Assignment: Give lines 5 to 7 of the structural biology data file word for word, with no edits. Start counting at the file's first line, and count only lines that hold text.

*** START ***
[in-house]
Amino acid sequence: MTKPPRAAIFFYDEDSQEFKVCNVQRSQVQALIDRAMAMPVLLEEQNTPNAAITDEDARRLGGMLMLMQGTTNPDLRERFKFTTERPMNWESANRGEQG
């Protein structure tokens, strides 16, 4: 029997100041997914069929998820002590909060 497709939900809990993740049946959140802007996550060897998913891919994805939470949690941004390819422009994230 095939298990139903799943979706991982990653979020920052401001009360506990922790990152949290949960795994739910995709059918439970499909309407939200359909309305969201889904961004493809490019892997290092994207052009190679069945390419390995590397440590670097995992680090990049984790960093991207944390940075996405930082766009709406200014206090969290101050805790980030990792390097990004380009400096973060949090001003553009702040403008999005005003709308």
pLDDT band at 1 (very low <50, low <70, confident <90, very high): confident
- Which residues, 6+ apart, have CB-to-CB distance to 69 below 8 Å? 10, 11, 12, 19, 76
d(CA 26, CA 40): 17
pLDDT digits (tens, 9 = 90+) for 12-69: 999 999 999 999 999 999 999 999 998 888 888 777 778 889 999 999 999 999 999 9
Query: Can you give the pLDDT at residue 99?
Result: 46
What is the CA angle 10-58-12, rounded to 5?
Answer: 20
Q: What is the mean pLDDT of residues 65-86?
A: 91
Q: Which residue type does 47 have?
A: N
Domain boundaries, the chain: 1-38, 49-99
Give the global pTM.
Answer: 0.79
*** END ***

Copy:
- Which residues, 6+ apart, have CB-to-CB distance to 69 below 8 Å? 10, 11, 12, 19, 76
d(CA 26, CA 40): 17
pLDDT digits (tens, 9 = 90+) for 12-69: 999 999 999 999 999 999 999 999 998 888 888 777 778 889 999 999 999 999 999 9